Here's why learning needs to be shorter — Welcome to the microlearning revolution. Source: Shutterstock

Here’s why learning needs to be shorter — Welcome to the microlearning revolution. Source: Shutterstock

Understanding the microlearning revolution fueling SMEs and startups

LEARNING, especially in the business environment, needs to find a way to cope with shortening attention spans. Microlearning seems to be the answer, and the concept is now catching on quickly despite being in existence for almost a decade now.

At its core, microlearning is the use of a series of short instructor-led videos or pre-recorded powerpoint presentations with voiceovers that can be delivered on demand, to help users learn something new.

In comparison to blended learning, which is the use of e-learning combined with classroom-based learning and looked like the next big thing when the world was moving towards on-demand training and development solutions, microlearning is delivered purely online.

While the emphasis in microlearning tends to be on the “micro”, experts don’t seem to agree on a standard — and learning and development professionals don’t see a problem with that. They believe that the duration on each micro course should depend on the audience and the subject matter at hand.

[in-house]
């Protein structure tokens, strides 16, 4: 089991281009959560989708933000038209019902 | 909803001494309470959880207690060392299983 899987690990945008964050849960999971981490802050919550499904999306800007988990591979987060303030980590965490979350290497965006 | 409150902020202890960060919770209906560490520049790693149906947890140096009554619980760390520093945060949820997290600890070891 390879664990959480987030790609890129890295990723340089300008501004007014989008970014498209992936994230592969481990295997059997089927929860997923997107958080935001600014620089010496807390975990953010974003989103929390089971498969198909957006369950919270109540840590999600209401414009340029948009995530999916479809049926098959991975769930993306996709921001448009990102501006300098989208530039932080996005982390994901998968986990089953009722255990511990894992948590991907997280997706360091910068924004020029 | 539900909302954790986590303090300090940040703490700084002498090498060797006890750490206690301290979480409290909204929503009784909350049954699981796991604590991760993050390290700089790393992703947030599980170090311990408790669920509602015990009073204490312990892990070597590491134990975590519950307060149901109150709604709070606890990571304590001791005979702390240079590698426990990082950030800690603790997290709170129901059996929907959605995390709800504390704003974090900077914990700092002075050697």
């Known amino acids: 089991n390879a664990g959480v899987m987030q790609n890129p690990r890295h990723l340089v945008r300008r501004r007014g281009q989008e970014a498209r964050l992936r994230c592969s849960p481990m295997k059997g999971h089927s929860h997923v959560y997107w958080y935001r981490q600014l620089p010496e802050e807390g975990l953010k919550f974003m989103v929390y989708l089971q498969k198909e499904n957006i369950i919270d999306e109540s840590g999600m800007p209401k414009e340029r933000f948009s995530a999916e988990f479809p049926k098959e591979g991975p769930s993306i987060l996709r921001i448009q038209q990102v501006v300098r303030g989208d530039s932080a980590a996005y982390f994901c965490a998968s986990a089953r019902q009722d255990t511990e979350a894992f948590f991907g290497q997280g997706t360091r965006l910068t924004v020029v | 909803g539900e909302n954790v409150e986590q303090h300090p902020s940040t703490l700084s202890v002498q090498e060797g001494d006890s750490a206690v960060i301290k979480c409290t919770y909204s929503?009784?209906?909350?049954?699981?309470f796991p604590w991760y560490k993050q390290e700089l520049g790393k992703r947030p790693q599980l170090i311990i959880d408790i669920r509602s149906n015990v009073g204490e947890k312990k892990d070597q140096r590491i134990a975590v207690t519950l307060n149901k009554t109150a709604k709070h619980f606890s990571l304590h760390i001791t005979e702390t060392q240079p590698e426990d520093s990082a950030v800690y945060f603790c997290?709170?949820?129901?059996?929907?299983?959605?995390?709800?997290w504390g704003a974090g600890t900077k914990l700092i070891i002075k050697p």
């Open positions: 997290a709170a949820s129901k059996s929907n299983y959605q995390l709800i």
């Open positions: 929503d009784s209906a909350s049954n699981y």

In practice, thankfully, microlearning courses tend to be between 60 seconds and 10 minutes long.

According to academic studies and real-world surveys, microlearning is a boon. Dresden University, for example, says microlearning provides a 22 percent increase in retention of information compared to traditional training, and about 50 percent of employees in a corporate study expressed an inclination to use learning tools provided by their employers provided they were shorter.

Overall, for managers and leaders looking closely enough, there’s plenty of evidence that creating a culture of learning in today’s world means leveraging microlearning.

Employees prefer to be phone-schooled

What’s interesting about microlearning is that it is often consumed on mobile devices during the commute to work or during the lunch break — that’s the reality.

IBM, for example, recently launched IBM Micro Learning for employees to help them get to grips with cloud technology, at their own pace. Google has similar training tools available for its staff.

In the world of software and application development, there’s a constant need for learning, which is creating an incredible demand for microlearning courses. In many ways, they’re the driving force behind the microlearning revolution, with a spillover effect on areas such as aerospace engineering and medicine.

The microlearning trend is also quite dominant on e-learning platforms such as Coursera and Udemy, where courses often comprise of up to 30 videos with an average runtime of five to 10 minutes, signaling a rising trend and growing demand for such courses everywhere.

Truth be told, employers are increasingly realizing that they need to provide employees with skills they don’t have to prepare them for jobs that don’t exist — and microlearning could go a long way in making sure that efforts that employers make are effective for the business.